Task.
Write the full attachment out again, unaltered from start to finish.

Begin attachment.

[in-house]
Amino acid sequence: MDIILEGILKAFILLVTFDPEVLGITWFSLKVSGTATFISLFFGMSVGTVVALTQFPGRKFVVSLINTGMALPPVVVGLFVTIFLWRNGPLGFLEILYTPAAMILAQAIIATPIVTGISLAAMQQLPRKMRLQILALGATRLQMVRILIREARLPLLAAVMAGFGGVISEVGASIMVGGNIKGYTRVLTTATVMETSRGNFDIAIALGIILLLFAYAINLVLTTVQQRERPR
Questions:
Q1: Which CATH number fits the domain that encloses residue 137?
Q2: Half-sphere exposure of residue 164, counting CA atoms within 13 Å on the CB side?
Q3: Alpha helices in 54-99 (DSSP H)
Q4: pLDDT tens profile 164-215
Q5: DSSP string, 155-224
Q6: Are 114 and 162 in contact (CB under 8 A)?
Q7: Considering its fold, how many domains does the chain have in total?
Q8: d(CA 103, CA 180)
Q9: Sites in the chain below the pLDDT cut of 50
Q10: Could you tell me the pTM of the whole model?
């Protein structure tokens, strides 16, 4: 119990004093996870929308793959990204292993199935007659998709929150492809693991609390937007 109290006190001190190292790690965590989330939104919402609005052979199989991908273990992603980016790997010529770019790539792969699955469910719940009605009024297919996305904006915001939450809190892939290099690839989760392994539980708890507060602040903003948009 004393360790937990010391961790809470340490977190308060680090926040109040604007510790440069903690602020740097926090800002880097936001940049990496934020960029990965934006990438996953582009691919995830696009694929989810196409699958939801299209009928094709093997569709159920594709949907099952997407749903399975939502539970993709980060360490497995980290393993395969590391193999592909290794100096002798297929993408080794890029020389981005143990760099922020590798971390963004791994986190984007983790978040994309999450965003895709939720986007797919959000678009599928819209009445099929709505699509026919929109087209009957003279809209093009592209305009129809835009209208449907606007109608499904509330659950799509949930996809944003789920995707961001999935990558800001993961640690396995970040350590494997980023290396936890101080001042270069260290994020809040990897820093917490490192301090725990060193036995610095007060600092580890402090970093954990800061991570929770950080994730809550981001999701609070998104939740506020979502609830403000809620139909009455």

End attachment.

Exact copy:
[in-house]
Amino acid sequence: MDIILEGILKAFILLVTFDPEVLGITWFSLKVSGTATFISLFFGMSVGTVVALTQFPGRKFVVSLINTGMALPPVVVGLFVTIFLWRNGPLGFLEILYTPAAMILAQAIIATPIVTGISLAAMQQLPRKMRLQILALGATRLQMVRILIREARLPLLAAVMAGFGGVISEVGASIMVGGNIKGYTRVLTTATVMETSRGNFDIAIALGIILLLFAYAINLVLTTVQQRERPR
Questions:
Q1: Which CATH number fits the domain that encloses residue 137?
Q2: Half-sphere exposure of residue 164, counting CA atoms within 13 Å on the CB side?
Q3: Alpha helices in 54-99 (DSSP H)
Q4: pLDDT tens profile 164-215
Q5: DSSP string, 155-224
Q6: Are 114 and 162 in contact (CB under 8 A)?
Q7: Considering its fold, how many domains does the chain have in total?
Q8: d(CA 103, CA 180)
Q9: Sites in the chain below the pLDDT cut of 50
Q10: Could you tell me the pTM of the whole model?
């Protein structure tokens, strides 16, 4: 119990004093996870929308793959990204292993199935007659998709929150492809693991609390937007 109290006190001190190292790690965590989330939104919402609005052979199989991908273990992603980016790997010529770019790539792969699955469910719940009605009024297919996305904006915001939450809190892939290099690839989760392994539980708890507060602040903003948009 004393360790937990010391961790809470340490977190308060680090926040109040604007510790440069903690602020740097926090800002880097936001940049990496934020960029990965934006990438996953582009691919995830696009694929989810196409699958939801299209009928094709093997569709159920594709949907099952997407749903399975939502539970993709980060360490497995980290393993395969590391193999592909290794100096002798297929993408080794890029020389981005143990760099922020590798971390963004791994986190984007983790978040994309999450965003895709939720986007797919959000678009599928819209009445099929709505699509026919929109087209009957003279809209093009592209305009129809835009209208449907606007109608499904509330659950799509949930996809944003789920995707961001999935990558800001993961640690396995970040350590494997980023290396936890101080001042270069260290994020809040990897820093917490490192301090725990060193036995610095007060600092580890402090970093954990800061991570929770950080994730809550981001999701609070998104939740506020979502609830403000809620139909009455």